Camp Tramp from Swamp Rat Knifeworks

A shot of a used Camp Tramp and a Howling Rat, both extensively used :

camp tramp and
	howling rat

The review consists of :

UPDATE : the Camp Tramp is an evolution of the Basic, both have been discontinued.


The Camp Tramp is a 7 1/2" bowie style blade, made by stock removal out of 1/4" thick SR101 ("enhanced" 52100), with a synthetic grip of "Resiprene C". The blade is differentially hardened to enhance the durability and flexibility with a spring tempered spine. The primary grind is high sabre flat and tapers to a light convex edge which is difficult to distinguish from flat by eye.

The edge is about 0.058" thick and ground at slightly below 16 degrees per side for the main body of the blade and swelled to 18 degrees per side in the tip. The knife weighs 390 g and balances about 2.2 centimeters in front of the handle, a decent blade heavy heft. It has a hard black crinkle "rough" coating to enhance the corrosion resistance of the flats.

Stock testing

With the initial edge, the Camp Tramp could shave but scratched a little, it could slice newsprint but had little ability for push cuts. Push cutting light thread required 207 (22) grams, and to slice 1/4" poly under a 1000 gram load was 0.6 (1) centimeters of blade was required near the base of the blade. The knife was significantly reduced in sharpness through the tip, under magnification a slight roll was present.

Push cutting 3/8" hemp the Camp Tramp required between 31-33 lbs and a two inch draw needed only 24-26 lbs, showing significant aggression.

Pointing sections of basswood dowel the Camp Tramp performed well and was able to rough off the necessary wood and make a one inch point in only 8 (1) slices.

The Camp Tramp chopped at about 55 (4) % of the Tramontina bolo on small wood, scrap as well as felled wood (2-3" pine and spruce mainly). The Tramontina bolo is in the same class as the Gransfors Bruks Wildlife Hatchet. The Camp Trap was more fluid in the wood than the Bolo but this could not overcome the time or effort disadvantage of the lower penetration.

The point on the Camp Trap while quite robust given its geometry (point is about 1.5 inch long and has a taper of 4.6 +/- 0.3 degrees) has very solid penetration due to the military or penetrator tip. This is essentially small sharpened section of the spine only a quarter inch or so long. On a hard stab it would go through one phonebook and into a second one for a total depth of 910 (10) pages.

The point was very robust due to the cross section and strength of the steel and the Camp Tramp could very aggressive dig/pry in woods and could make a hole through a 2x4's with 28 stabs in about three minutes.


Using the Camp Tramp trimming fats and cutting up meats it did well as those kinds of tasks are just determined by the sharpness, similar for soft fruits and vegetables. It is however awkward for many of the precision tasks such as peeling potatoes because of the blade width and weight, and the blade thickness can induce fracture on thin slices through stiffer vegetables. The raw cutting ability is however solid for a blade of its class, it can cut a medium sized carrot with 5-7 lbs while a Japanese style utility knife, at the extreme end of kitchen cutlery in regards to cutting ability, does it in 2.5 - 3 lbs.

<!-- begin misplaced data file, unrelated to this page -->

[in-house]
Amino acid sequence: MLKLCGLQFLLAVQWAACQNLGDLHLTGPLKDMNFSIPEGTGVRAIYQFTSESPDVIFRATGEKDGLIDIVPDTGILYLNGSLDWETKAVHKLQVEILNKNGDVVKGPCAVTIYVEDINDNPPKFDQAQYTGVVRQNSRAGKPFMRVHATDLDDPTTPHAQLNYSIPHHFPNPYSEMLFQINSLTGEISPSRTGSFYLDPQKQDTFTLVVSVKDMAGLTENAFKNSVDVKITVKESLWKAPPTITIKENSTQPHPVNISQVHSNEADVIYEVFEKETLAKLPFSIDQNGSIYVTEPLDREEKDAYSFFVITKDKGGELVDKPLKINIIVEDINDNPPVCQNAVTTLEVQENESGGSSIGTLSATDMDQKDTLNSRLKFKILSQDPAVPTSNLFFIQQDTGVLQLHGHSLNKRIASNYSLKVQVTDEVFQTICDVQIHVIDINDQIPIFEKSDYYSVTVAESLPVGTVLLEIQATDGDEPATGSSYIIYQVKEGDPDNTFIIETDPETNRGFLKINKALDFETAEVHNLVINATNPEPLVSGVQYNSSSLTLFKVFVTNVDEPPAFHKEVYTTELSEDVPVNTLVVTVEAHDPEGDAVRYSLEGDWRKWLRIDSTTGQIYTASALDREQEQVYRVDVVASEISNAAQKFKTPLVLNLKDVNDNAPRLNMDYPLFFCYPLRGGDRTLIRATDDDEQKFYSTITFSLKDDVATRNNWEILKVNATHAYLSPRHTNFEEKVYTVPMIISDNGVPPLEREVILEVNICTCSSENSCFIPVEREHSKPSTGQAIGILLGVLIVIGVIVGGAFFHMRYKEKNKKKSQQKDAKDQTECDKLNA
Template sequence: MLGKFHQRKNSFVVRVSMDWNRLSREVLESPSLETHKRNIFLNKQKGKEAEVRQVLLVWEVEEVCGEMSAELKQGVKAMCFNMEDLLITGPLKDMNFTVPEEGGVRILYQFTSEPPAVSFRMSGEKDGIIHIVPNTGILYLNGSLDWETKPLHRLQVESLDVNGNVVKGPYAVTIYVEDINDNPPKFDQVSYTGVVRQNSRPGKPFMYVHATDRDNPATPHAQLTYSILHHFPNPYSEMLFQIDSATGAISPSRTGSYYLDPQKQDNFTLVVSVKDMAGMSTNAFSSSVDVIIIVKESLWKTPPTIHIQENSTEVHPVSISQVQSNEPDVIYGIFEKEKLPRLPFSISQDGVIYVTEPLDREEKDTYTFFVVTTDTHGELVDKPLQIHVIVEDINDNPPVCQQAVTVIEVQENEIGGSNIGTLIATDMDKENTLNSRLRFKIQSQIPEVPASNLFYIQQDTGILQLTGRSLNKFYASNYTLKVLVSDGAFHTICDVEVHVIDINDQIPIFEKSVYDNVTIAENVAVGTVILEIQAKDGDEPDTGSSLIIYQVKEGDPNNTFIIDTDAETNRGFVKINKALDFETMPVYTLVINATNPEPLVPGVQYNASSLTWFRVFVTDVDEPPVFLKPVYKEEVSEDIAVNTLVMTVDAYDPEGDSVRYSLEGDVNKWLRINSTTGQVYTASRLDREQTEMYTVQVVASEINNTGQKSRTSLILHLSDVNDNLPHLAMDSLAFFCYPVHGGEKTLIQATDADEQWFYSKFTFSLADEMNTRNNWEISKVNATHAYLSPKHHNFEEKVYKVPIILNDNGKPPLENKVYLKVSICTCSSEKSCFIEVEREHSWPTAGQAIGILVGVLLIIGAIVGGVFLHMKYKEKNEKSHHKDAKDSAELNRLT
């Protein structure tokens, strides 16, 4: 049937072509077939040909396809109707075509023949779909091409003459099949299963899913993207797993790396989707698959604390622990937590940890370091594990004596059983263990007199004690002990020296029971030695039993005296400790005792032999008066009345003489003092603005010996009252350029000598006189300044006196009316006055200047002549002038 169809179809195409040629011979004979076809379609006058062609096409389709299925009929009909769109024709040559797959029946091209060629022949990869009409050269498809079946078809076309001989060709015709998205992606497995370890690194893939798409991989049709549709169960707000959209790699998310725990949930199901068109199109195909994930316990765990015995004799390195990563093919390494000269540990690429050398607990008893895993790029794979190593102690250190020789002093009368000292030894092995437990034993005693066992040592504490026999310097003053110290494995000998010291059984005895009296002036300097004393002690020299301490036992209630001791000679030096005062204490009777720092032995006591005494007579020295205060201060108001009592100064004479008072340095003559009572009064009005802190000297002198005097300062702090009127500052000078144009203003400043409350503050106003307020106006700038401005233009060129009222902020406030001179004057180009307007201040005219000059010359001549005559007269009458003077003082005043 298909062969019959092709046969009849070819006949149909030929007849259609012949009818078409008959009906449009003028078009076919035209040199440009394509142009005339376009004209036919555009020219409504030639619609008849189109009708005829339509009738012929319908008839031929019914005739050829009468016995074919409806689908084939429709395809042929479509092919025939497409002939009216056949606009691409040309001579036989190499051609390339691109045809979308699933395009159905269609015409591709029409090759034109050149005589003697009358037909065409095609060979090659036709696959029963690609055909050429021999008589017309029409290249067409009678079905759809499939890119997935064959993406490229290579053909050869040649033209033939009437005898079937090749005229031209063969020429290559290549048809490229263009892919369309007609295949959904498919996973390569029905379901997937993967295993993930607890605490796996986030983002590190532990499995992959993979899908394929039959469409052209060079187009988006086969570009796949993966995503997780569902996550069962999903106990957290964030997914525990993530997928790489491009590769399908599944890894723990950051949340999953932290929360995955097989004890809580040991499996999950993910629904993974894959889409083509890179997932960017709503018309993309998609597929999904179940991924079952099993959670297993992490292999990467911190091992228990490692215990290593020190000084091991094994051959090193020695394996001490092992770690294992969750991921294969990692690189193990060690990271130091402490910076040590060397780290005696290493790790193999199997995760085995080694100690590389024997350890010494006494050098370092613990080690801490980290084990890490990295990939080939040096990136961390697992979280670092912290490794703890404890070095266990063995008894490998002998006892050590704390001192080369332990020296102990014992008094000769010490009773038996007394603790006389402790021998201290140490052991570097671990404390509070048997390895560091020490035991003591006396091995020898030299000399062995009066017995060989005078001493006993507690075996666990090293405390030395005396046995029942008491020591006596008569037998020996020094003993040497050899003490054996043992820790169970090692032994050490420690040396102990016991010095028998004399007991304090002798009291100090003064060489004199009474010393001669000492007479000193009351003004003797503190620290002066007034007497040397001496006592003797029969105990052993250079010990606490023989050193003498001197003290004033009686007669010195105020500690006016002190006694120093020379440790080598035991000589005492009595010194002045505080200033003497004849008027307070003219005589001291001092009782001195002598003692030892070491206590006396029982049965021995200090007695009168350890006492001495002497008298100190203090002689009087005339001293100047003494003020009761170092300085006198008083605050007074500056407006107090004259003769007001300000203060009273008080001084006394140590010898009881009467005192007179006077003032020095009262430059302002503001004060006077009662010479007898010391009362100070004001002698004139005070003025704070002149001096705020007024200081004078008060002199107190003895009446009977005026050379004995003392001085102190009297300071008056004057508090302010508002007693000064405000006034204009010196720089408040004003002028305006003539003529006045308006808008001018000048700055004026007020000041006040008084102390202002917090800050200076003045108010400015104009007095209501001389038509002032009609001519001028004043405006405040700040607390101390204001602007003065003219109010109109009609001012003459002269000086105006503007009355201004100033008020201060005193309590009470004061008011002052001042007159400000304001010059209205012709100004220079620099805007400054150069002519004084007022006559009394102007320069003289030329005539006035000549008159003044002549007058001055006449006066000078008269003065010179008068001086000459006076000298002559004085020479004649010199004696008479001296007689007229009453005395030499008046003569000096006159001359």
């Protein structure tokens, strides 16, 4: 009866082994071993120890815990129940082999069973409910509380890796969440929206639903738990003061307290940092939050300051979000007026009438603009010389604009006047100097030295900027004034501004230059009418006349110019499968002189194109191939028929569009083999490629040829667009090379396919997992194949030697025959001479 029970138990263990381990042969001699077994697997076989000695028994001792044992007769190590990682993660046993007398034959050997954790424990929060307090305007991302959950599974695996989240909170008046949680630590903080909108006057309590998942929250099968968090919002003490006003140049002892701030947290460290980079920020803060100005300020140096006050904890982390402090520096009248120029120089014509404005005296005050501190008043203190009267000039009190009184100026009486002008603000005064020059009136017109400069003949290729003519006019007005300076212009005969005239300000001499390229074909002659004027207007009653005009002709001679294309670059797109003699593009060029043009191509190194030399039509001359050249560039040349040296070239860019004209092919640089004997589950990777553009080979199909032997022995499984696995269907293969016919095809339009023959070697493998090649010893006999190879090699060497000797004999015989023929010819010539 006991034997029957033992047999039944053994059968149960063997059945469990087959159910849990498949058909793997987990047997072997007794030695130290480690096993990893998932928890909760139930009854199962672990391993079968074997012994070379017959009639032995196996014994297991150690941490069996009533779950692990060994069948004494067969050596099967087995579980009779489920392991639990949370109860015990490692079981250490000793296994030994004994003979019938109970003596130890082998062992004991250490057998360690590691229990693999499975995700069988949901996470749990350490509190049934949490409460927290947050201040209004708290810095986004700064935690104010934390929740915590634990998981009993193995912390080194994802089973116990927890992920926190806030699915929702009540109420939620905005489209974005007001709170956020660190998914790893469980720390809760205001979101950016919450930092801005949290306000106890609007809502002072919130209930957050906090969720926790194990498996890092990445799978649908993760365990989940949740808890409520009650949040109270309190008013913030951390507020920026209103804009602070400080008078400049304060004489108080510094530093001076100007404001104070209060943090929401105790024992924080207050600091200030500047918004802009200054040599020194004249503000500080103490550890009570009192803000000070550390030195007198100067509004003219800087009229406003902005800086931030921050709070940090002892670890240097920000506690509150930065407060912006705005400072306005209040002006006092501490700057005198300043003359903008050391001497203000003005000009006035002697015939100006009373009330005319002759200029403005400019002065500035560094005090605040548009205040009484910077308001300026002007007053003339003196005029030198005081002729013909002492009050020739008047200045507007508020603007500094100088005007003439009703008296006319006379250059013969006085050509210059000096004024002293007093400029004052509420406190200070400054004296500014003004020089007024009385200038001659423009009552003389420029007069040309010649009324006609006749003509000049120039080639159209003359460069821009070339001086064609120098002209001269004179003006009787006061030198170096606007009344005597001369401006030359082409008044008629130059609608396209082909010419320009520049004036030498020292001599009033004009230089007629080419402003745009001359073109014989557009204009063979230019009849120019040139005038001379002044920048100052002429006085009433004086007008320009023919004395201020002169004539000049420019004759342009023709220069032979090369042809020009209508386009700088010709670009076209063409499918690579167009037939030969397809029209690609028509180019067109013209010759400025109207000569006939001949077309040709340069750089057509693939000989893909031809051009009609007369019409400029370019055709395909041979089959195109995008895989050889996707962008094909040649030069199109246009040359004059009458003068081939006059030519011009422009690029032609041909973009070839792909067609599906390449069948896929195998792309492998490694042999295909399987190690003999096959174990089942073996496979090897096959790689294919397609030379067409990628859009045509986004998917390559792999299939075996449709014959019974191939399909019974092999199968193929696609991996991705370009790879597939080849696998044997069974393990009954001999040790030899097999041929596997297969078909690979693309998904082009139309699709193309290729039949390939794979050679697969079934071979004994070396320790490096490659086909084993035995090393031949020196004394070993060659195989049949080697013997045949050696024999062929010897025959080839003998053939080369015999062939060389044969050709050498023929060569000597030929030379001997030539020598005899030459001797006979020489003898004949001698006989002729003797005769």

Using the Camp Tramp and Mora 2000 for rough wood carving, the Mora 2000 is significantly ahead. Using both to whittle down the end of a stick to make a comfortable handle for a baton the Mora 2000 is finished more than twice as fast as the Camp Tramp. However, the Camp Tramp is far more effective chopping off the waste wood, and it can chop the handle to shape and then finish carve it faster than the Mora 2000 can just cut off waste wood. The difference is also many to one in favor of the Camp Tramp cutting small sticks, gathering limbs and prying apart and splitting deadwoods. The Mora 2000 tends to stand out for tasks which are mainly precision cutting such as food preperation and light carving, shaping a spoon and similar. The edge angle is significantly more acute so the cutting ability is higher as seen on the basswood cutting with both, however the true advantage is usually the lower weight and thus greater ease of use for such tasks.

The Camp Tramp and Becker CU/7 from Camillus had very similar performance carving light woods and worked equally well cutting light vegetation. The Camp Tramp is more blade forward which tended to increase fatigue on really light machete type work on grasses compared to the CU/7, however the index finger cutout on the blade allows a far forward grip to achieve a neutral balance. They both had similar point penetration abilities, and easily work well to break apart logs for tinder (or food if you are so inclined), and pry apart stumps for pitchwood. The tip on the CU/7 did flex more in the harder work but always returned to true. Both blades also readily split wood with a baton, the "Resiprene C" grip of the Camp Tramp was much more comfortable during the heavier impacts. The Camp Tramp was also a much more powerful chopper, by about two to one which was readily obvious while limbing, felling or bucking wood to length.

Compared to a longer and slighter blade such as Patrol Machete the Camp Tramp is immediately a very different blade. While both could cut light vegetation with equal ease when sharp the Patrol Machete was much more efficient as it had significantly more reach. On light wood like alders the work still favored the Patrol Machete for similar reasons. However on limbing Camp Tramp worked in the hardest woods without issue but a Patrol Machetes fractured readily as did its replacement on the same work. On lighter wood work like making shavings and kindling in general, the Camp Tramp is much easier to handle. The extra stiffness also makes it a much better splitter and is much more capable of prying apart woods than the Patrol Machete which just bends readily even in soft woods.